Nigel Wright | Stalham Farmers' Club | Leading speakers from the agricultural industry.

A leading member and former secretary to Stalham Farmers’ Club, Nigel Wright, died peacefully at home died just days before his 84th birthday on January 9, 2022.

He was the club’s vice-president and a former chairman in 1991. He was secretary between 1962 and 1985 having followed a family tradition and his uncle Roy had held the same post in the 1930s. A staunch supporter of the National Farmers’ Union, he was county chairman, serving a two-year term from 1995. Later he was elected chairman of the East Anglian NFU board. In November 1999, as the regional chairman, he led a high-profile campaign to promote the return of British beef to France with Norfolk NFU chairman Robert Steven. They presented a topside joint of Norfolk beef, actually from near neighbours Mary and Alan Beck of Brunstead, to the French honorary consul for East Anglia.

Born into a Broadland farming family in January 1938, he was the oldest of three children, including sister Wendy and younger brother, Rupert, known as Toby. His grandfather William had farmed 2,000 acres at Ludham Hall and his father, Ivan, who died in 1948, had taken over Church Farm, Stalham. Nigel went to Town Close School, Norwich, and Gresham’s, Holt, and then studied at the Royal Agricultural College, Cirencester, before returning to the family farm. It was then a typical mixed holding with about 18 Ayrshire and Friesian milking cows – and employing a total of 17 staff.

As Mr Wright recalled in June 2007, as part of the EDP’s The Rural Revolution series, the east Norfolk market town of Stalham in the early 1950s was almost self-sufficient with shops and banks. While it had a declining livestock and produce market, there was a slaughterhouse, grain merchants, Woodrow’s mill, and a regular passenger and goods train service. The farm was close to Stalham Staithe, where sugar beet could be loaded into wherries for processing at Cantley factory. After the long drought in 1947, when a nine-acre field of beet was lifted, it hardly filled a 40-ton wherry, he said. In the 1950s, during the annual beet campaign, British Rail would bring wagons into sidings at Stalham. “You would be allocated one or two trucks a week which would sit there until you’d filled them up.” It was hard work, throwing beet off a tractor and trailer into a railway wagon, holding about 13 tons, he added.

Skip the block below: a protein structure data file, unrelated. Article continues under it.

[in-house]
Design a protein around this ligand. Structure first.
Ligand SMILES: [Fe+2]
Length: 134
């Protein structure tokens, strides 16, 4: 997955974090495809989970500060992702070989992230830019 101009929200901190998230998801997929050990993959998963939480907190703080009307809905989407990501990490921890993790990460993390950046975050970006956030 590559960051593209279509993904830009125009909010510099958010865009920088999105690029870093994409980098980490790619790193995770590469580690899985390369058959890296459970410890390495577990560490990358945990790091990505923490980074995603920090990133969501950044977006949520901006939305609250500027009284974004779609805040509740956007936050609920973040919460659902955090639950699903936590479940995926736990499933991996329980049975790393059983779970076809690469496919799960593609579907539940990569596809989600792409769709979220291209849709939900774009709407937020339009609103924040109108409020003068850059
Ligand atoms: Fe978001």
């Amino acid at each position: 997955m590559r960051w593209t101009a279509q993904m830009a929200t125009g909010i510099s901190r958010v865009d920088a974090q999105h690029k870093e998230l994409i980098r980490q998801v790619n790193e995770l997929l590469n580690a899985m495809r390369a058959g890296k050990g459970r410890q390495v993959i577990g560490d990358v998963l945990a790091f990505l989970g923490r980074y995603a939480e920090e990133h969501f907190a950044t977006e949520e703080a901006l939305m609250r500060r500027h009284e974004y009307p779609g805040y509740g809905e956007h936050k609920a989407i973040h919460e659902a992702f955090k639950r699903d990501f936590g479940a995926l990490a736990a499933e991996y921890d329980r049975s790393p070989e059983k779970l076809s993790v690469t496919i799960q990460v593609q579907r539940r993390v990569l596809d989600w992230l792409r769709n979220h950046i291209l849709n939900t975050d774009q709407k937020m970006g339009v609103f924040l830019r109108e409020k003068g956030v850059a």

By 1956, the Suffolk horses had gone as tractors took over and the dairy herd was sold in 1964 as the farm switched to more arable crops. There were improvements – the laying of main sewers ended the need for the “honey cart” - and there was still a good train service. He remembered leaving his front door to catch the 8.20am train to Leicester for lunch with his (late) sister Wendy. Many people travelled by train to work in North Walsham or Yarmouth.

Mr Wright was the backbone of Stalham Farmers’ Club, which had been founded in 1841. He served as chairman in 1991 and typically modest, declined nomination as president on several occasions. In 1997, his eldest son Alistair won the club’s prestigious Cantley sugar beet Cup for highest overall yield for the second year running. They also won Stalham’s competition for best two-acre sugar beet crop in 2012. In 1997, he and his great friend Roger Beck, judged the Suffolk Agricultural Association’s champion farms’ competition. Speaking at the club’s 175th anniversary celebrations in June 2016 at How Hill Farm, Ludham, he recalled that he had been fortunate enough to have attended the club’s 125th and the 150th. But, he joked, he would be 103 when the club marked its bicentenary in 2041. He recalled too that the club in 1966 had 127 members – then all farmers and it had assets of £94 11s 4d (£94.57).

He was a Norfolk Rainfall Organisation recorder for more than half a century at Church Farm. Since 1972, he noted that the driest year was 1973 when 18.49 ins (469.89mm) was recorded – the wettest, 1987, had 920.24mm (36.22 ins). Average rainfall at Stalham has declined – the 32-year average was 27.4ins while the 10-year average was 25.9ins.

A member of the Broads Authority for many years, he was also elected to North Norfolk (District) Council in the 1980s, serving at least eight years, and failed to be re-elected by just eight votes. He was a member of Stalham Town Council. A keen sailor, he enjoyed gardening too. He also cultivated a species of geranium with distinctive salmon pink leaves, which was very similar in colour to some local bricks, Ingham salmons.

In the 2007 EDP article, he said that a clay pit in Ingham, just over the hedge from one of his fields, was a source of material for these flat (and frogless) bricks. Some of the bricks used in his garage were Ingham salmons and he recalled shortly after the second world war seeing the last of these bricks being fired.

Married in 1960 to Pam, they marked the diamond jubilee. He is survived by his widow, and leaves three children, Alistair, Ben, and Jess, and five grandchildren.

A funeral service will be held on Wednesday, January 26 at Ingham church, 11am.